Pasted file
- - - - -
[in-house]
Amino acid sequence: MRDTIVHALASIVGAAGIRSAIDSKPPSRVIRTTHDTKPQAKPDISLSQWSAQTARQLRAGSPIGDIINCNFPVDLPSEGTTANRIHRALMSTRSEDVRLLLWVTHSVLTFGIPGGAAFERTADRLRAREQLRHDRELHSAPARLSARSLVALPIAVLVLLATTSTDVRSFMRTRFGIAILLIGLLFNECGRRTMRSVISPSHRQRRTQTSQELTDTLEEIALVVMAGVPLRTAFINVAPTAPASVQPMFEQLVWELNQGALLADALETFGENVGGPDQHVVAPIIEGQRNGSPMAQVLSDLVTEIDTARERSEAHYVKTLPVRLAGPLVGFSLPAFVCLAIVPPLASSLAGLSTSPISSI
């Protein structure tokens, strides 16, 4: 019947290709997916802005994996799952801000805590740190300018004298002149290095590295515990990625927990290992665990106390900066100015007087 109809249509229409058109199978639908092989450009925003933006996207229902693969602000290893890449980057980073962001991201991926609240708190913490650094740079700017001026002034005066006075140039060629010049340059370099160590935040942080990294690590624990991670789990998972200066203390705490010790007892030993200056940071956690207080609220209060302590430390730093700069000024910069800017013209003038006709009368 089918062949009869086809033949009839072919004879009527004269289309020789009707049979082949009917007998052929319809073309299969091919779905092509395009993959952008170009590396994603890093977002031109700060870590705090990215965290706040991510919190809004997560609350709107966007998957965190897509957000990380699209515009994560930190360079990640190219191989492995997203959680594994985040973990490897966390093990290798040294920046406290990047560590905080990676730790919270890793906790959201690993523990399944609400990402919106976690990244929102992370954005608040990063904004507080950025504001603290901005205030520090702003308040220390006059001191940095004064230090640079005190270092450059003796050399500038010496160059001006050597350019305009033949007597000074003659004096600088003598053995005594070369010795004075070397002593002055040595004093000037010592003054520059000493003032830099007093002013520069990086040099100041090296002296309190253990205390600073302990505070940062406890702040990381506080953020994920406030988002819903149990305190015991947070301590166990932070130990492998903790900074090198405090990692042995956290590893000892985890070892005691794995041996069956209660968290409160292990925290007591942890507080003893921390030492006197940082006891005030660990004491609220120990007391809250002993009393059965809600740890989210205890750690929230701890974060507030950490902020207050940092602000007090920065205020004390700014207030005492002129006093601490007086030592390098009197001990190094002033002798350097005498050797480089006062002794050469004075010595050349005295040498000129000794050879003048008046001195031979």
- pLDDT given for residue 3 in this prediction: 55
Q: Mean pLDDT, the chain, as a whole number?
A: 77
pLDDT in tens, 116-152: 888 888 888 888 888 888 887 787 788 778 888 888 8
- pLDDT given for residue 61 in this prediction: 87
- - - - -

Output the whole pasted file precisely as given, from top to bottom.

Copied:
[in-house]
Amino acid sequence: MRDTIVHALASIVGAAGIRSAIDSKPPSRVIRTTHDTKPQAKPDISLSQWSAQTARQLRAGSPIGDIINCNFPVDLPSEGTTANRIHRALMSTRSEDVRLLLWVTHSVLTFGIPGGAAFERTADRLRAREQLRHDRELHSAPARLSARSLVALPIAVLVLLATTSTDVRSFMRTRFGIAILLIGLLFNECGRRTMRSVISPSHRQRRTQTSQELTDTLEEIALVVMAGVPLRTAFINVAPTAPASVQPMFEQLVWELNQGALLADALETFGENVGGPDQHVVAPIIEGQRNGSPMAQVLSDLVTEIDTARERSEAHYVKTLPVRLAGPLVGFSLPAFVCLAIVPPLASSLAGLSTSPISSI
């Protein structure tokens, strides 16, 4: 019947290709997916802005994996799952801000805590740190300018004298002149290095590295515990990625927990290992665990106390900066100015007087 109809249509229409058109199978639908092989450009925003933006996207229902693969602000290893890449980057980073962001991201991926609240708190913490650094740079700017001026002034005066006075140039060629010049340059370099160590935040942080990294690590624990991670789990998972200066203390705490010790007892030993200056940071956690207080609220209060302590430390730093700069000024910069800017013209003038006709009368 089918062949009869086809033949009839072919004879009527004269289309020789009707049979082949009917007998052929319809073309299969091919779905092509395009993959952008170009590396994603890093977002031109700060870590705090990215965290706040991510919190809004997560609350709107966007998957965190897509957000990380699209515009994560930190360079990640190219191989492995997203959680594994985040973990490897966390093990290798040294920046406290990047560590905080990676730790919270890793906790959201690993523990399944609400990402919106976690990244929102992370954005608040990063904004507080950025504001603290901005205030520090702003308040220390006059001191940095004064230090640079005190270092450059003796050399500038010496160059001006050597350019305009033949007597000074003659004096600088003598053995005594070369010795004075070397002593002055040595004093000037010592003054520059000493003032830099007093002013520069990086040099100041090296002296309190253990205390600073302990505070940062406890702040990381506080953020994920406030988002819903149990305190015991947070301590166990932070130990492998903790900074090198405090990692042995956290590893000892985890070892005691794995041996069956209660968290409160292990925290007591942890507080003893921390030492006197940082006891005030660990004491609220120990007391809250002993009393059965809600740890989210205890750690929230701890974060507030950490902020207050940092602000007090920065205020004390700014207030005492002129006093601490007086030592390098009197001990190094002033002798350097005498050797480089006062002794050469004075010595050349005295040498000129000794050879003048008046001195031979």
- pLDDT given for residue 3 in this prediction: 55
Q: Mean pLDDT, the chain, as a whole number?
A: 77
pLDDT in tens, 116-152: 888 888 888 888 888 888 887 787 788 778 888 888 8
- pLDDT given for residue 61 in this prediction: 87